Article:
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Theories of Motivation and Their Application in Organizations: A Risk Analysis

Theories of Motivation and Their Application in Organizations: A Risk Analysis

Written By: KHALID U.

Theories of Motivation and Their Application in Organizations: A Risk Analysis

In all enterprises whether private or state-owned, motivation plays a key role in driving employees toward achieving their goals, organizational goals, and to a certain extent the dreams of their nations. There are many theories of motivation, and they mostly give a relation or influence the outcomes of employee job satisfaction. There are three main theory categories, namely content theories, process theories, and contemporary theories (Saif, Nawaz, Jan, and Khan, 2012). Generally speaking, these theories include Maslow’s hierarchy of needs, Herzberg’s motivator-hygiene (or two-factor) theory, Alderfer’s Existence, Relatedness, and Growth theory, and McClelland’s needs theory. How motivation comes about and how it leads to satisfaction is explained by process theories; theories that fall into this category include Porter-Lawler’s model and expectancy theory by Vroom.

Motivation Theory: Maslow´s Hierarchy of Needs

Maslow’s Hierarchy of needs is the main theory for motivational encouragement throughout all businesses. Theory of Human Motivation” (Jerome, 2013) Starting from the bottom of the pyramid is ´Physiological and Safety Needs, which are usually linked to organizational culture, and every new organization experiences, where they will experience difficulties with their basic needs. As described in the pyramid below, these needs play a major role in motivating behavior and the success of a human being. Being able to satisfy all of these needs is critical to be able to avoid unnecessary consequences. “Every person is capable and has the desire to move up the hierarchy toward a level of self-actualization”

 

 

Maslow (1943) stated that people are motivated to achieve certain needs. When one need is fulfilled a person seeks to fulfill the next one.

Risk Analysis of De-Motivated Employees in Organizations

Employees who lack motivation in the workplace are a risk factor when it comes to executing day to day operations of the business. Some employees are engaged in company equipment and tools daily, some of which need maximum attention and safety when using. So it is the responsibility of the organization to have a well-balanced workforce of employees and their emotions as far as work issues are concerned.

Operational Risks

Absenteeism: Van der Merwe and Miller (1988,) cite a definition used by the United States Department of Labour which defines absenteeism as the failure of workers to report on the job when they are scheduled to work. Regarding this definition, non-attendance such as vacation leave, military service, block release leave, and suspension do not qualify as absenteeism and should be completely excluded from the ensuing absenteeism analysis process.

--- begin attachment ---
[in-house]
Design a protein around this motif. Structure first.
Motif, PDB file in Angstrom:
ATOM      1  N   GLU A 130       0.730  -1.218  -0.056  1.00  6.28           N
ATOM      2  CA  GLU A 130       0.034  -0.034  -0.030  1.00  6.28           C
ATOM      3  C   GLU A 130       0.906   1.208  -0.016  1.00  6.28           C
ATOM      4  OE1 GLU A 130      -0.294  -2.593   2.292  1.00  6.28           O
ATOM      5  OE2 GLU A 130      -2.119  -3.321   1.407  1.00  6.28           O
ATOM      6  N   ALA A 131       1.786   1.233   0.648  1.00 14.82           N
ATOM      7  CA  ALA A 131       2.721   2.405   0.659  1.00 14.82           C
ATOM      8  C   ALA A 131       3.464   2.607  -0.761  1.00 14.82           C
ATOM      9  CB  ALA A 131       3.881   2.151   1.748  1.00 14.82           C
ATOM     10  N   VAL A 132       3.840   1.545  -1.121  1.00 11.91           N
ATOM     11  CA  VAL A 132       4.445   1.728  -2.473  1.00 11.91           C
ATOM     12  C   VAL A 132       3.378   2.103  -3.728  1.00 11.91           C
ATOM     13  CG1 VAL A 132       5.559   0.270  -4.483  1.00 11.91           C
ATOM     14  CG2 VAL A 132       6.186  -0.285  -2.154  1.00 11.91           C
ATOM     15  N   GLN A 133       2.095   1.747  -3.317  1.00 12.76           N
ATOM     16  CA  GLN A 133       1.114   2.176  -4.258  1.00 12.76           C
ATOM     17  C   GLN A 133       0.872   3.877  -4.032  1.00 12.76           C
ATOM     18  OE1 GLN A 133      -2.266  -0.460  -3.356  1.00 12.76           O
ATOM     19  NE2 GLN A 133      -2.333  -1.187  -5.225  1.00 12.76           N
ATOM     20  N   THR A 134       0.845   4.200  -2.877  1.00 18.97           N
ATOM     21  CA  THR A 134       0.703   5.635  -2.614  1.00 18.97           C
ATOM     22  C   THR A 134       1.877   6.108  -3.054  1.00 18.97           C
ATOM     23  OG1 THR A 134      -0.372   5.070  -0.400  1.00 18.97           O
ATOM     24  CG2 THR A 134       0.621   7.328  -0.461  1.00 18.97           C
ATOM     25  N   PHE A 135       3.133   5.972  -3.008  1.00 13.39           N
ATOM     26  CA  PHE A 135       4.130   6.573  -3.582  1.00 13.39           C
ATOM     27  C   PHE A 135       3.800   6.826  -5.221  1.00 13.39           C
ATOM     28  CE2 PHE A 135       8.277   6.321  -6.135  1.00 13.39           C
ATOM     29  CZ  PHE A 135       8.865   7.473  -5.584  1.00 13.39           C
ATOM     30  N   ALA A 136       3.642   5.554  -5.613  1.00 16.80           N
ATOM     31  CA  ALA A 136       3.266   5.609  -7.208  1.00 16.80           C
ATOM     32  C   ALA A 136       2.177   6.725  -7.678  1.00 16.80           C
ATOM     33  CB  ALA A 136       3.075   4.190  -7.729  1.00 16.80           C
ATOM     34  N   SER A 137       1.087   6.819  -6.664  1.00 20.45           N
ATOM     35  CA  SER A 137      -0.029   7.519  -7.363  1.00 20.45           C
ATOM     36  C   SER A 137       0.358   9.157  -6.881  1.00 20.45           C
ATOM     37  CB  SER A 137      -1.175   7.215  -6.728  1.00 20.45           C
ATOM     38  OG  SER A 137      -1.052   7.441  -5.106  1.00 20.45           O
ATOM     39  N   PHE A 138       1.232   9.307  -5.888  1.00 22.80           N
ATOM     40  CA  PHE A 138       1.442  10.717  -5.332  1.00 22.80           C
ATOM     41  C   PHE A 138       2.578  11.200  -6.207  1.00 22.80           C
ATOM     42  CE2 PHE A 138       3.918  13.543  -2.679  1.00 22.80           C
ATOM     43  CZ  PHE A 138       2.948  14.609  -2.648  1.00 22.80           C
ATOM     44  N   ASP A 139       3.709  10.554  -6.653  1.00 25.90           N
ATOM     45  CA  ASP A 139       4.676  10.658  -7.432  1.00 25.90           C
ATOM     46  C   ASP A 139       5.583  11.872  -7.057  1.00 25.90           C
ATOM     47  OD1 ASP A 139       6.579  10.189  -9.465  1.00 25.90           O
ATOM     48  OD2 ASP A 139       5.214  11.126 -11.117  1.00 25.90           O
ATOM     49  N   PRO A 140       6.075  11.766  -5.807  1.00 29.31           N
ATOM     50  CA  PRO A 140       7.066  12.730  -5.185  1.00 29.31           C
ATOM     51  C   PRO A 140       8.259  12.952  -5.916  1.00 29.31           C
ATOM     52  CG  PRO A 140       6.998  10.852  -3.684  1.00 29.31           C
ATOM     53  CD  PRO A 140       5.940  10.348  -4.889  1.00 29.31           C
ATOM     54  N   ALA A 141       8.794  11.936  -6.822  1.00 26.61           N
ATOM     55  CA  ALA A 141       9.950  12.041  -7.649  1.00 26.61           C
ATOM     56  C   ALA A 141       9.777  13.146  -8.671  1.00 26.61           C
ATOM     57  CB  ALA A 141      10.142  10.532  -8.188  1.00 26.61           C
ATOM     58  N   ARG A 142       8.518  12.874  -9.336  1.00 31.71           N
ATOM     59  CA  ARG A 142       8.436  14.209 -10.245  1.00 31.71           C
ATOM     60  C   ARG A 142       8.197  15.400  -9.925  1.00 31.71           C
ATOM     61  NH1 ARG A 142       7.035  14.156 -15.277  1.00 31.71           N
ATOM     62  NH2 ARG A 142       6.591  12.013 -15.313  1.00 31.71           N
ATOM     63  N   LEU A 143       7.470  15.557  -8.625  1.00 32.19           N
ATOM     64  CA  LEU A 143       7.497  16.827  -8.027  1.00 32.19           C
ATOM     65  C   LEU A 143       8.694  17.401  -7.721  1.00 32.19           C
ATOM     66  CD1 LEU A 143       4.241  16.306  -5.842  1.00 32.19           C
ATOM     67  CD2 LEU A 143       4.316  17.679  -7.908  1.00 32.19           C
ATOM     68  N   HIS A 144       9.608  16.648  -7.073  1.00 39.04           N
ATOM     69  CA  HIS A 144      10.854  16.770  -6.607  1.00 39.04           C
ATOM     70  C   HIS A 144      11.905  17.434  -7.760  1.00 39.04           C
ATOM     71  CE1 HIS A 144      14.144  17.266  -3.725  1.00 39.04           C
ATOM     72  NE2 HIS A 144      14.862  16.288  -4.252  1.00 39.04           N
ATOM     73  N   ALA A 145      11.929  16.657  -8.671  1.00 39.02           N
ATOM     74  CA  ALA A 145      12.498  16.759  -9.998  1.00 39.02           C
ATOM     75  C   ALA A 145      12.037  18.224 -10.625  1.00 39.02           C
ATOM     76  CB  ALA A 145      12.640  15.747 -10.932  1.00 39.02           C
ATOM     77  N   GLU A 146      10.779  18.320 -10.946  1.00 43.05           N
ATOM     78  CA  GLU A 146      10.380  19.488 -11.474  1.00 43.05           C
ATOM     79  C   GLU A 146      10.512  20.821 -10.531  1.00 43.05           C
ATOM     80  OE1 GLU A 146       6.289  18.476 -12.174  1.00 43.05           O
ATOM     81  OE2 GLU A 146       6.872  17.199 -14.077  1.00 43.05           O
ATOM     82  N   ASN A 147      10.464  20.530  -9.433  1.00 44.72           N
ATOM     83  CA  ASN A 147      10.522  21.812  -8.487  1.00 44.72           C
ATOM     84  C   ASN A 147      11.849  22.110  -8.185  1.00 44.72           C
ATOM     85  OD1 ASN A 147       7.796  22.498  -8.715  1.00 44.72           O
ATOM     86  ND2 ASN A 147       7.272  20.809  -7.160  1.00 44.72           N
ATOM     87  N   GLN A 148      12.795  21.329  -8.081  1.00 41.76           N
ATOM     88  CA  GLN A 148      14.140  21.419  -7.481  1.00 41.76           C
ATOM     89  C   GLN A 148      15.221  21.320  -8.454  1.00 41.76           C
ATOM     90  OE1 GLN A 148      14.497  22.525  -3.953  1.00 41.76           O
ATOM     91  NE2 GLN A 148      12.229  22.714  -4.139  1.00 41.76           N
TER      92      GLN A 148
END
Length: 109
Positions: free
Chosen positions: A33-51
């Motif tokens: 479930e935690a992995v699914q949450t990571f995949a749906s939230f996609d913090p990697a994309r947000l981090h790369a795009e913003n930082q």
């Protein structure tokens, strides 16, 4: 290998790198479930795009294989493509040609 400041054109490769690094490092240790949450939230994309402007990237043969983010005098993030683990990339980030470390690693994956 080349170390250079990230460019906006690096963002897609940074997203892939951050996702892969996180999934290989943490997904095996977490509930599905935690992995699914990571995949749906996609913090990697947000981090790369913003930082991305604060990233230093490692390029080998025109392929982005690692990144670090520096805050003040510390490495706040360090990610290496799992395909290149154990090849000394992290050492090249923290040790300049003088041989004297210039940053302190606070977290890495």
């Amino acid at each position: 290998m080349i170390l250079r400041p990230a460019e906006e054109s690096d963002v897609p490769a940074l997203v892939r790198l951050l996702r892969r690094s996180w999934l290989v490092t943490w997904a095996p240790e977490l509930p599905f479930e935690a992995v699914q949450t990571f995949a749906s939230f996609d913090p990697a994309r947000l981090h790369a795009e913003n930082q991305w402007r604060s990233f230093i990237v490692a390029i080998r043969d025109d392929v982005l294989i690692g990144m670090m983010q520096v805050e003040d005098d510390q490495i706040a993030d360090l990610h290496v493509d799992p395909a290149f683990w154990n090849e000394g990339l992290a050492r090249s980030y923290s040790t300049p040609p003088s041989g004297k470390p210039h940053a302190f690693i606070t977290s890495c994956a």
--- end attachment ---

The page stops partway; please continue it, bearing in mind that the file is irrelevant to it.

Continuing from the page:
Personnel Risks

Organizations desire to keep their staff for longer periods. Organizations spend a lot of money and time training their employees. High staff turnover due to unhappy employees will cost the organization of all the spent resources.

Reputational Risks

Dissatisfaction: The morale of the entire office can be brought down when one employee lacks motivation. Employees who are not satisfied with their job might resort to quitting; therefore, this scenario should be avoided. The employees are to perform to their abilities to satisfy their customers and to retain them all the time.

Health Risks

Employees who are not entirely happy at work can have health problems including stress. Stress-related illnesses will jeopardize wellness efforts in the workplace of keeping healthy employees. Stressed and de-motivated employees may cause accidents at work when using types of machinery and other dangerous tools.

Financial Risks

Highly motivated employees will always put their best efforts into their work and help the company to be productive. Production at work will bear more output which will be able to generate much-needed income. If employees are happy absenteeism will be reduced thereby saving costs for their organizations. Taylor (2009 and 2012) agree that a financial crisis can be because of economic circumstances, making it extremely difficult for businesses to operate.

Conclusion

Motivation is very much needed for employees in an organization to be productive, and management or leadership style has an important role to play. Motivation is not always based on financial rewards, but non-financial rewards methods can also be used to derive the best out of employees. Although individuals have their expectations, it is the leadership’s responsibility to develop and align with theories that are suitable to bring job satisfaction to their employees. However, there is no single reliable theory to be used, a mixture of them can be utilized

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